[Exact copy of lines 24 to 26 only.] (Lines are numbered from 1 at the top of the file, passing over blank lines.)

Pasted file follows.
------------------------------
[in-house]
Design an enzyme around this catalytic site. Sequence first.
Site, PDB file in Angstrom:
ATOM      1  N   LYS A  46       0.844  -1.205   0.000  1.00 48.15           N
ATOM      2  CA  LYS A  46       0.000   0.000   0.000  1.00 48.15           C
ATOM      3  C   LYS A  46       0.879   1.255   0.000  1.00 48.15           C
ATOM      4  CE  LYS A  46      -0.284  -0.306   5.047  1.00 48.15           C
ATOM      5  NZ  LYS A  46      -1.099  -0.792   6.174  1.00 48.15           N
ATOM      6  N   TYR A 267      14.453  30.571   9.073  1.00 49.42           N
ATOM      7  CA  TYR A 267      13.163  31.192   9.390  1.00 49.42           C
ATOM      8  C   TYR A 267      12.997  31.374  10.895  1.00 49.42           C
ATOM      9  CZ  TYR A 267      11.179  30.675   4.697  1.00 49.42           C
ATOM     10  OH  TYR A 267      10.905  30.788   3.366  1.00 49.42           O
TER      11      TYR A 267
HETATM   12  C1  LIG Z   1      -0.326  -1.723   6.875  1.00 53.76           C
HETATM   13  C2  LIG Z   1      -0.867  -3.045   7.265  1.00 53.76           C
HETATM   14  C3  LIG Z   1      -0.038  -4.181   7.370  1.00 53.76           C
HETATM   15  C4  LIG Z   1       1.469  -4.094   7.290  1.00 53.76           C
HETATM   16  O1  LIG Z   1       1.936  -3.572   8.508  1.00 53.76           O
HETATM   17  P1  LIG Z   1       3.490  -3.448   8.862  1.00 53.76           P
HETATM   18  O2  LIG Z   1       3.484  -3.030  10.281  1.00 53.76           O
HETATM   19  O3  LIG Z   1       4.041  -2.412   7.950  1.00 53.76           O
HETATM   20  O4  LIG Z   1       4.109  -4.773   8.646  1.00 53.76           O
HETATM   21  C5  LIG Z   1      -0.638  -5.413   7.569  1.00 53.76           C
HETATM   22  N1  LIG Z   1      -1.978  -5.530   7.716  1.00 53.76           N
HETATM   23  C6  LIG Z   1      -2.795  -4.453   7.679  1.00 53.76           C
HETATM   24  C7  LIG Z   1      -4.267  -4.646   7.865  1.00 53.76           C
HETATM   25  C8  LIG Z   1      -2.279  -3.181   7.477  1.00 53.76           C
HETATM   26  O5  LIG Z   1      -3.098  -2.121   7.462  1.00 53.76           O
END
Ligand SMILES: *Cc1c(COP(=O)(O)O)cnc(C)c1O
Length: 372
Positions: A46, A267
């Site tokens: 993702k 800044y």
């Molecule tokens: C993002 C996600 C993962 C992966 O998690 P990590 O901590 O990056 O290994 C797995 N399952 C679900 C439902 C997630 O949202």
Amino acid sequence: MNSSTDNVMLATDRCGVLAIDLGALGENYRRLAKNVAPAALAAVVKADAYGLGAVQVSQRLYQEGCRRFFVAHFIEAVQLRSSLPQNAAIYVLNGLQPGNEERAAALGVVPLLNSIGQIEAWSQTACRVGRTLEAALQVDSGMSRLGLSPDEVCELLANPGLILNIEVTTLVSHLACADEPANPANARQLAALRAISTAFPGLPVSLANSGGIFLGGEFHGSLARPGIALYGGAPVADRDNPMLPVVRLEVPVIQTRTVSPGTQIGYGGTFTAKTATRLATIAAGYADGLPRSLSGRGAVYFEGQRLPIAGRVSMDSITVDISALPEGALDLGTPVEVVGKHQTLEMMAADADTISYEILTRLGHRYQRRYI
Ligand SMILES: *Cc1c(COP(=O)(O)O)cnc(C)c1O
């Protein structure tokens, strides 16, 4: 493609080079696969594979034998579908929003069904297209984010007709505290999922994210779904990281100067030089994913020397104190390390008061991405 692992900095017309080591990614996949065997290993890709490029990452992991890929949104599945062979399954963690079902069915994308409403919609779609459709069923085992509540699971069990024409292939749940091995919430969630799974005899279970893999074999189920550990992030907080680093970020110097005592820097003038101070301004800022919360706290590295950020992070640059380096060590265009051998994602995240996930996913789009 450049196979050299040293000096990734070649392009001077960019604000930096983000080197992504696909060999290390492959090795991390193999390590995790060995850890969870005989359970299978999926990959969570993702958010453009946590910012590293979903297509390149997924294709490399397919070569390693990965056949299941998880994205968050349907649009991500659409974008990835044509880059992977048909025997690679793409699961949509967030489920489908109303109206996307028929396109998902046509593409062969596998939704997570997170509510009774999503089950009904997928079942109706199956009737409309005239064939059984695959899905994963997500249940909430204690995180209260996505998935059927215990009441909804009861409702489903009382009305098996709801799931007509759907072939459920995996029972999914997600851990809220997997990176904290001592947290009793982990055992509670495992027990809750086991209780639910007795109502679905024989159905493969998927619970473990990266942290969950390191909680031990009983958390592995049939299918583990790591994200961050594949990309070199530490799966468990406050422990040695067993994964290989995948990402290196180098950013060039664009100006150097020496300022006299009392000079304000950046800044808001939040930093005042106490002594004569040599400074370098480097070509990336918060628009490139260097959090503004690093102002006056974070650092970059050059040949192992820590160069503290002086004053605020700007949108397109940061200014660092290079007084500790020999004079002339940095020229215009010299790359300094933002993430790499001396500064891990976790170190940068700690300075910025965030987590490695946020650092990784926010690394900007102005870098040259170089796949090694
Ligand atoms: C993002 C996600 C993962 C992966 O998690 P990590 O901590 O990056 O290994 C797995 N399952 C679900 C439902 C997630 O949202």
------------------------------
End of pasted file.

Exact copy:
HETATM   21  C5  LIG Z   1      -0.638  -5.413   7.569  1.00 53.76           C
HETATM   22  N1  LIG Z   1      -1.978  -5.530   7.716  1.00 53.76           N
HETATM   23  C6  LIG Z   1      -2.795  -4.453   7.679  1.00 53.76           C